Thanks to this pandemic, people have more time in their hands to binge-watch on Netflix and the like without guilt. After all, staying home is considered an act of valor these days, with the national government even threatening to do a Martial Law type of enforcement against people who err on quarantine protocols. So this is a rare instance when you can simply sit back and do nothing but watch all day and come out of the ordeal feeling like you have done your share for your fellow men.
So it’s no surprise that Netflix and social media would take the top spot as the most time-consuming activities these days. And it’s also in Netflix that Filipino filmmaker Erik Matti found information that made him rant on Twitter against K-dramas that have apparently taken a hold on the country as far as patronage and viewership is concerned.
According to reports that quoted his tweet, the director was not too happy about the dominance of Korean dramas among the Pinoy market. He went on to describe them as “Faux cinderella stories with belofied actors whiter than white”. And went on to how could people watch things about “love” in the middle of a pandemic.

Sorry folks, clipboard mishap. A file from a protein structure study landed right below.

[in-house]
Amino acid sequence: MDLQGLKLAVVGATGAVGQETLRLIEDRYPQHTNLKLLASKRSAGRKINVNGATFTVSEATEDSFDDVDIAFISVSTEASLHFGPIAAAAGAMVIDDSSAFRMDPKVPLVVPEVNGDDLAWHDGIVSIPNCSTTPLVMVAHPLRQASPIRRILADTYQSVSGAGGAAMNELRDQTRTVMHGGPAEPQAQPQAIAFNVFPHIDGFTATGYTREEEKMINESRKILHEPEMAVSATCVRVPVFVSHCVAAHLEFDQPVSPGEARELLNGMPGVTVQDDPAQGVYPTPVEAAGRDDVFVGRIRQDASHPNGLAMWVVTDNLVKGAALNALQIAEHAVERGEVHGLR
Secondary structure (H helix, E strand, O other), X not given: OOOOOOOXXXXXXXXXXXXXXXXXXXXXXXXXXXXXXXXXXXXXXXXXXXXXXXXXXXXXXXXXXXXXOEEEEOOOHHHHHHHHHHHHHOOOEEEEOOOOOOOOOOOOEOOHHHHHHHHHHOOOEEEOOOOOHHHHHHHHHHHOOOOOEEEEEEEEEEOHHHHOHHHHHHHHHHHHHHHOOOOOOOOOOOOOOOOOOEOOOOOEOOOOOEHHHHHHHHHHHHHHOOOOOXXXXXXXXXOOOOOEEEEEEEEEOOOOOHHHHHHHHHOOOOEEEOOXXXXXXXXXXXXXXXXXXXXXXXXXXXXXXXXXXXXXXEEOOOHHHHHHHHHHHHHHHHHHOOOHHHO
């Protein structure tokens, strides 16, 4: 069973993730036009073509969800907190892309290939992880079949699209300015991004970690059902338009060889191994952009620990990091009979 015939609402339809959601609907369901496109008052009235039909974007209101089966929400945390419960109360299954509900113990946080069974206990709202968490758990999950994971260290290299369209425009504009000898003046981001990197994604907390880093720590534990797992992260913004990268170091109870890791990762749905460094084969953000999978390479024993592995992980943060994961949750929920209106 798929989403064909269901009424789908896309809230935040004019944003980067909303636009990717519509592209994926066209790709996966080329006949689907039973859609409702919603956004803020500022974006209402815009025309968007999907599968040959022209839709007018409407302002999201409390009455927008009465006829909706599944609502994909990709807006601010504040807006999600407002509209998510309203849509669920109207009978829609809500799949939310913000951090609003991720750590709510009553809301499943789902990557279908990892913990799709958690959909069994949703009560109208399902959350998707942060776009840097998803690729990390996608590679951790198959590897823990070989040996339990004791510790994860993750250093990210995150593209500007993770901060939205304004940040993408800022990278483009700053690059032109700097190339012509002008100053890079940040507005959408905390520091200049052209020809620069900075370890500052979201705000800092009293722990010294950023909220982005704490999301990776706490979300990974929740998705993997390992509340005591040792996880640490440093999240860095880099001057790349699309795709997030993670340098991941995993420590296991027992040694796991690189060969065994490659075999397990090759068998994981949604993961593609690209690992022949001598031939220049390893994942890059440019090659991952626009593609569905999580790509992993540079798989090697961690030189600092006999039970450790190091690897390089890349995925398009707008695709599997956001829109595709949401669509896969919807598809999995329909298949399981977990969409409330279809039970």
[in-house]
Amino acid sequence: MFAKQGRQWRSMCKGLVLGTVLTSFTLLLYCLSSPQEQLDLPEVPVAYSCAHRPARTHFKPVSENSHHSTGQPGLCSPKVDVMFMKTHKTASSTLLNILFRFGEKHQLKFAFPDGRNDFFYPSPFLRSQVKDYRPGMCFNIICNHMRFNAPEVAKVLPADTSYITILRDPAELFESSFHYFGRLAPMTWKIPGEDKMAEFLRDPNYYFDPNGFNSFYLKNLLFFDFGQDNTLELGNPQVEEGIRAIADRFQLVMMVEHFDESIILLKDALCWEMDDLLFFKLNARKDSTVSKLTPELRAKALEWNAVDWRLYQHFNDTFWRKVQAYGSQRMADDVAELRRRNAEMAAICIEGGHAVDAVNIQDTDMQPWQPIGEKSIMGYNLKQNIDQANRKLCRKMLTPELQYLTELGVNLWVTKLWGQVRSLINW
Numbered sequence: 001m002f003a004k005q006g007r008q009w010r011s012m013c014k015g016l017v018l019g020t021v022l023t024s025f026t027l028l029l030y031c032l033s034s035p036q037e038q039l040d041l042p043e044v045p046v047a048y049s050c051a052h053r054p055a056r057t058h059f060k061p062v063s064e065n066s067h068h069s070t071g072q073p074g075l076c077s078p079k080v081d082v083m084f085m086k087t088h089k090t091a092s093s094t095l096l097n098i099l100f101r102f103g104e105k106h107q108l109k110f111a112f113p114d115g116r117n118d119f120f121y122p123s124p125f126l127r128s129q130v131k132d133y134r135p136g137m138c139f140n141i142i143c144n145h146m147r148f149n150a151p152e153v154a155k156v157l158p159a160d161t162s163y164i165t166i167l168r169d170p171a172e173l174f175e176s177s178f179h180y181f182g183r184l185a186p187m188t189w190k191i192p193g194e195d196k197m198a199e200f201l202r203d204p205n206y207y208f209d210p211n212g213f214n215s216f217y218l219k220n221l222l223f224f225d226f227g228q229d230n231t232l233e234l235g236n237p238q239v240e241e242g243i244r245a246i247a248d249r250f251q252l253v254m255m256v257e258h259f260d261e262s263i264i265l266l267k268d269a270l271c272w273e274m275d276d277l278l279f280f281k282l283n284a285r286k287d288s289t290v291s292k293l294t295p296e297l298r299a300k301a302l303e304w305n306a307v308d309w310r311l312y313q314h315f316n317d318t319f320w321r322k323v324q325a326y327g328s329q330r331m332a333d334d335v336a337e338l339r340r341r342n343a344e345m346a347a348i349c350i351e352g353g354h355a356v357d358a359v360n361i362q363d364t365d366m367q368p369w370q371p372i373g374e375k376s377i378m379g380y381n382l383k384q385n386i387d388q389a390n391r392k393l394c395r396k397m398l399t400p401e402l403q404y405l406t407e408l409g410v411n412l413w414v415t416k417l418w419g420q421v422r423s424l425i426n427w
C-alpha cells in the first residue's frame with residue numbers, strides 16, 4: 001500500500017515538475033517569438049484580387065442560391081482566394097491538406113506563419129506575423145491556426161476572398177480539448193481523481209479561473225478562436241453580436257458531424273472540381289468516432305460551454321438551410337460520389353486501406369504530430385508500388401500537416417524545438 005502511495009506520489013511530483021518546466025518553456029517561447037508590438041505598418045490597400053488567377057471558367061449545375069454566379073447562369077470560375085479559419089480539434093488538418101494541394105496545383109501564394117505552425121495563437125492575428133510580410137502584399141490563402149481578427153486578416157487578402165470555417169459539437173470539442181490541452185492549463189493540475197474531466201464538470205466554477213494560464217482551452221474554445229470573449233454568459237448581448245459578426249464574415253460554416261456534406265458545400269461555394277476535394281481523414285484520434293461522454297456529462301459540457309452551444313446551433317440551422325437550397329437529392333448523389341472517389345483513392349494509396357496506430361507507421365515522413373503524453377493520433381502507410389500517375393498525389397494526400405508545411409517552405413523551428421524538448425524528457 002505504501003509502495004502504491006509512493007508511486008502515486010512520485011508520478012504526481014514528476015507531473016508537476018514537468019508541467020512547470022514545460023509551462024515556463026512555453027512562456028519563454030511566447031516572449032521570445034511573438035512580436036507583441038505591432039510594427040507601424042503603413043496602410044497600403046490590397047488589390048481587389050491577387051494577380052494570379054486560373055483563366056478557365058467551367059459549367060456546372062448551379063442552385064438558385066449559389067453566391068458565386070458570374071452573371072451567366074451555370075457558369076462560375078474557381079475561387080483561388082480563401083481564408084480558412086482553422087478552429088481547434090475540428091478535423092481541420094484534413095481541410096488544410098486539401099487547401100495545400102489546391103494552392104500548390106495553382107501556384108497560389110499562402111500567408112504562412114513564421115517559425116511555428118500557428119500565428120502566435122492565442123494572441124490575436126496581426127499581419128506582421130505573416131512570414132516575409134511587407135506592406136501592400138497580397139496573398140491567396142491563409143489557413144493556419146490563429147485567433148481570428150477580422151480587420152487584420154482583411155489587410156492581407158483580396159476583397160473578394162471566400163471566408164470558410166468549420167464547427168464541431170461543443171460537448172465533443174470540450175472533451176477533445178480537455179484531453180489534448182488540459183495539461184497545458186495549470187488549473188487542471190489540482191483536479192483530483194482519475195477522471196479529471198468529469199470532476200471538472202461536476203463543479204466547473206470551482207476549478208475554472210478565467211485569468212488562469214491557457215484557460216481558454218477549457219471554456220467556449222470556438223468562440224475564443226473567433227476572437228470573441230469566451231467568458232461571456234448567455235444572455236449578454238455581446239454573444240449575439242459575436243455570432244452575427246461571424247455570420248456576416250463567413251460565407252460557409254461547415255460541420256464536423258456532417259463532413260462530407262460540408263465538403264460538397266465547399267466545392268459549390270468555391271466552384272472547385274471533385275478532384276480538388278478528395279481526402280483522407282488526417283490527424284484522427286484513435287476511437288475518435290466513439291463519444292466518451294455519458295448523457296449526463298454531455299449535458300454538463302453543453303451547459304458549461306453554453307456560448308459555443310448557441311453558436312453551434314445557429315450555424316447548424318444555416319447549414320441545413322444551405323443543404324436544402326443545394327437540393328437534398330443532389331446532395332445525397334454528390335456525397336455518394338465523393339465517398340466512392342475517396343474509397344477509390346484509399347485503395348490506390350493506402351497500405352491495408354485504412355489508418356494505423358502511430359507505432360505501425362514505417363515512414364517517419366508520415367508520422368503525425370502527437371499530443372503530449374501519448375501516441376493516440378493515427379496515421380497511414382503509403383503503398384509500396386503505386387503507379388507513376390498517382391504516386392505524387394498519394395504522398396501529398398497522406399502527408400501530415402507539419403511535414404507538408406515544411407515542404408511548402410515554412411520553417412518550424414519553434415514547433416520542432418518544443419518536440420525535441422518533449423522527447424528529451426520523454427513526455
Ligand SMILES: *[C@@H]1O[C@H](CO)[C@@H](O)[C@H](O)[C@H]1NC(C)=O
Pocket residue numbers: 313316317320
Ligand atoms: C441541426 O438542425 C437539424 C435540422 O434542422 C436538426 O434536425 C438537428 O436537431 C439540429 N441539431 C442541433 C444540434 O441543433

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Had these tweet been done by a highly opinionated nobody like me on Twitter, it would have been totally fine. In the scheme of things, we all have our say on matters that do not have a great impact on the world with or without our precious opinions added to their existence.
But this is a Filipino director talking shop and making his thoughts known about international competition that we’re talking about here. And to be blunt about it, talking trash about the competition for outplaying you and blaming the consumers or the audience (watching “love stories” in the middle of a pandemic) for not supporting local fare is a defeatist, self-pitying stance that is not only counter-productive, but also comes across as garden-variety whining: It’s always somebody’s fault.
To be fair about it, a number of people on Twitter responded directly to Matti’s tweet, calling him out on his negligence to mention the deplorable quality of our local dramas. A Twitter user summed it up accurately:
I’d rather see kdrama that has sense and depth and tackles taboo topics that I can gain knowledge from than the topics of the dramas in the Philippines that would ALWAYS have kabit, barilan, patayan, sampalan, kidnapping etc. So you want us to watch Tagalog dramas? Give us better.
Perhaps the next time Erik Matti issues an opinion about how “bad” things are because the industry is being dominated by the international competition, it would be about stepping up and applying continuous improvement as work ethics instead of simply relying on credentialism and artistic integrity as ways to entice an audience.
Worker in a private sector hive.